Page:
982 F.2d 408
24 Fed.R.Serv.3d 760
NISSAN MOTOR CORPORATION IN U.S.A., et al., Petitioner,
Juan G. BURCIAGA, District Judge, Respondent,
Marina M. Sears, Individually and as Personal Representative
of the Estate of Jeffrey Sears, Deceased, Real
Party in Interest.
United States Court of Appeals,
Dec. 8, 1992.
Dennis K. Wallin and Terry M. Word, Albuquerque, NM, for real party in interest.
Before TACHA, BRORBY, and KELLY, Circuit Judges.
Petitioner seeks relief from this court in the form of a writ of mandamus compelling the district court to grant its request for a jury trial. Initially, we note that mandamus is appropriate relief when it is necessary to protect the right to a jury trial. Dairy Queen, Inc. v. Wood, 369 U.S. 469, 472, 82 S.Ct. 894, 897, 8 L.Ed.2d 44 (1962).
No party to the underlying products liability action requested a jury at the outset of the action. In response to the plaintiff's amended complaint and more than two years after the action was filed, petitioner filed a jury demand pursuant to Fed.R.Civ.P. 38(b). In that demand, petitioner alleged that the amended complaint raised new issues triable of right by a jury. See Land v. Roper Corp., 531 F.2d 445, 450 (10th Cir.1976). The district court denied petitioner's request.1
To establish a right to a trial by jury, the amended complaint must do more than merely raise new theories of recovery based on the same facts as those issues raised in the original complaint. Richardson v. Henry, 902 F.2d 414, 416 (5th Cir.1990), cert. denied, --- U.S. ----, 111 S.Ct. 789, 112 L.Ed.2d 852 (1991). We have reviewed the original complaint and the amended complaint, and we hold that the amended complaint did not raise issues which were not raised in the original complaint. At most, the amended complaint merely asserted new theories of recovery based on the same allegations as contained in the original complaint, i.e., negligent design, manufacture, inspection, and testing. Petitioner, therefore, was not entitled to a jury trial pursuant to Fed.R.Civ.P. 38(b).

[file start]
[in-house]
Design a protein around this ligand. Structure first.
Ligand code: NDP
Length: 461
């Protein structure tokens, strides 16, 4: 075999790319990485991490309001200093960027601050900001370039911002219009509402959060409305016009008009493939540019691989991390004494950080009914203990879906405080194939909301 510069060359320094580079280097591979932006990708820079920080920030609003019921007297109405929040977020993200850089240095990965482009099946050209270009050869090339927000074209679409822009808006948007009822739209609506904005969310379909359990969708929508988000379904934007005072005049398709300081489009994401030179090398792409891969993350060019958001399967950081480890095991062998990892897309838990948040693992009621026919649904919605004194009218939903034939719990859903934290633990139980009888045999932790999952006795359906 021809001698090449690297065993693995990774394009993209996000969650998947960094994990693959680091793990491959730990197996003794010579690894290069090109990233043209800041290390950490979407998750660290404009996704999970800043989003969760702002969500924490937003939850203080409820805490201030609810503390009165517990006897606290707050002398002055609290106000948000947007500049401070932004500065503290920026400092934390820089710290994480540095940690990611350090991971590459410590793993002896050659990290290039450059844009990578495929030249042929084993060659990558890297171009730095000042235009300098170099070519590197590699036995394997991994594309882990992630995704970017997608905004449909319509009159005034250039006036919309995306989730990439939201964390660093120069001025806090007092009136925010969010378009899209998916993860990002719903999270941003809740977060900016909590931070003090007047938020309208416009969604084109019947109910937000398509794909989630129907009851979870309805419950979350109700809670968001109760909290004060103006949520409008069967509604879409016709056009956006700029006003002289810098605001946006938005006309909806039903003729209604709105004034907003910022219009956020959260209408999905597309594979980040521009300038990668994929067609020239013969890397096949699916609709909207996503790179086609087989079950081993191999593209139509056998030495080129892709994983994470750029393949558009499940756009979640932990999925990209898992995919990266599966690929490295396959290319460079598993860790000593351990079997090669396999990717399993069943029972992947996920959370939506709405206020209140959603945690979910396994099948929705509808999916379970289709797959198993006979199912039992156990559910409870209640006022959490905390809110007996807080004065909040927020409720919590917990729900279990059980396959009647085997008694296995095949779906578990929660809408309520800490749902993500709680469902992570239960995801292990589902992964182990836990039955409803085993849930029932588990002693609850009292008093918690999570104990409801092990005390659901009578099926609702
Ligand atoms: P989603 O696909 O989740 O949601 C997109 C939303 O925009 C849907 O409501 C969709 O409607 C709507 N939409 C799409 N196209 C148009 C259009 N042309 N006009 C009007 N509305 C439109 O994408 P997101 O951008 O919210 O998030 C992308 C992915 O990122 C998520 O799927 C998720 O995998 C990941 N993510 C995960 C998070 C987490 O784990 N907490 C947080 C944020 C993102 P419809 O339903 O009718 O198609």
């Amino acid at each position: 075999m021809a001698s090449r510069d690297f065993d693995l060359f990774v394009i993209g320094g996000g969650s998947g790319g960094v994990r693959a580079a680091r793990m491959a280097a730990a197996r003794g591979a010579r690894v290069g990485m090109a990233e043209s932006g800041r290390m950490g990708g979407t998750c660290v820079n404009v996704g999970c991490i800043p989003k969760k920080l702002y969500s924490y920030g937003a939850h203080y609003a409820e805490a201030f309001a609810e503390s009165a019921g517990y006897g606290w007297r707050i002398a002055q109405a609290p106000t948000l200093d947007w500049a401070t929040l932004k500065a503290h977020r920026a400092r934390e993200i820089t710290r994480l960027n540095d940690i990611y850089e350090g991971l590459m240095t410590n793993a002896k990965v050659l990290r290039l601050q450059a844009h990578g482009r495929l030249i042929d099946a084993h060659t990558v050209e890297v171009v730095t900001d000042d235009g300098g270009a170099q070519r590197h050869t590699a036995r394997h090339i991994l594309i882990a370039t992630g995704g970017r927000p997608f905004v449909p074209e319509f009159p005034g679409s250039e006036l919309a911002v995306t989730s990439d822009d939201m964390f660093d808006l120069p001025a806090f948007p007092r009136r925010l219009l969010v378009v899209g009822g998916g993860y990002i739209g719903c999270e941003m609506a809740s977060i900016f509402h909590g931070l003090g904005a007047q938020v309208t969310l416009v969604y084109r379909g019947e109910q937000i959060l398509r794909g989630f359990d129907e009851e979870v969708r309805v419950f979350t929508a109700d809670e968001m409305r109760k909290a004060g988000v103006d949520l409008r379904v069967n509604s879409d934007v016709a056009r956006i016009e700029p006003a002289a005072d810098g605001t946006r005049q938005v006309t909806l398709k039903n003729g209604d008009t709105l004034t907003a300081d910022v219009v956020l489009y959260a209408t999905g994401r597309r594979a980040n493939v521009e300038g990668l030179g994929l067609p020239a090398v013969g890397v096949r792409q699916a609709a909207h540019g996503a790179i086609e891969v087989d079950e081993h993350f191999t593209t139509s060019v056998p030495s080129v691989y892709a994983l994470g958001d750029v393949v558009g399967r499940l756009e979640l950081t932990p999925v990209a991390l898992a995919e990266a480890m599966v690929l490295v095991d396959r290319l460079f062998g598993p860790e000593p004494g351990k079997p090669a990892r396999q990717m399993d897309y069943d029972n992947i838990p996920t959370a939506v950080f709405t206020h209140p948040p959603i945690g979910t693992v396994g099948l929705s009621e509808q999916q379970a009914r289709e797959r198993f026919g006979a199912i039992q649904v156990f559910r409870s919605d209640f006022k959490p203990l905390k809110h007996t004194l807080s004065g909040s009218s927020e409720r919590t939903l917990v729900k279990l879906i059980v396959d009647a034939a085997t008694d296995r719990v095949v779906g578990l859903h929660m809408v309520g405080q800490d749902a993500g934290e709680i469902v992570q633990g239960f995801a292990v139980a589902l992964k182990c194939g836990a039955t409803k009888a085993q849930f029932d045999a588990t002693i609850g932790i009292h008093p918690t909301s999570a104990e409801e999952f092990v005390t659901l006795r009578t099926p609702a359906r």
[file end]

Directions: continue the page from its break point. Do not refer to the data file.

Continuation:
Petitioner also filed a motion with the district court pursuant to Fed.R.Civ.P. 39(b), requesting that the district court exercise its discretion under that rule and grant its untimely jury request. Petitioner gives no excuse for its untimely request except to say that, given the nature of the case, it had simply assumed that the plaintiff had requested a jury trial. Petitioner became aware that its assumption was incorrect shortly before the plaintiff filed her amended complaint.
This court has held that, absent strong and compelling reasons to the contrary, a district court should exercise its discretion under Rule 39(b) and grant a jury trial. AMF Tuboscope, Inc. v. Cunningham, 352 F.2d 150, 155 (10th Cir.1965). Consistent with that guiding principle, we hold today that it would not be an abuse of discretion to deny relief pursuant to Rule 39(b) when the failure to make a timely jury demand results from nothing more than the mere inadvertence of the moving party. See Farias v. Bexar County Bd. of Trustees for Mental Health Mental Retardation Servs., 925 F.2d 866, 873 (5th Cir.), cert. denied, --- U.S. ----, 112 S.Ct. 193, 116 L.Ed.2d 153 (1991); Chandler Supply Co. v. GAF Corp., 650 F.2d 983, 987-88 (9th Cir.1980). Petitioner makes no pretense that its failure to make a timely jury demand was caused by anything other than mere inadvertence or oversight; its mistaken assumption that the plaintiff had initially requested a jury does not amount to more than mere inadvertence. The petition for a writ of mandamus is, therefore, denied.
This is an original proceeding in the nature of mandamus. The panel has determined unanimously that oral argument would not materially assist the determination of this action. The case is therefore ordered submitted without oral argument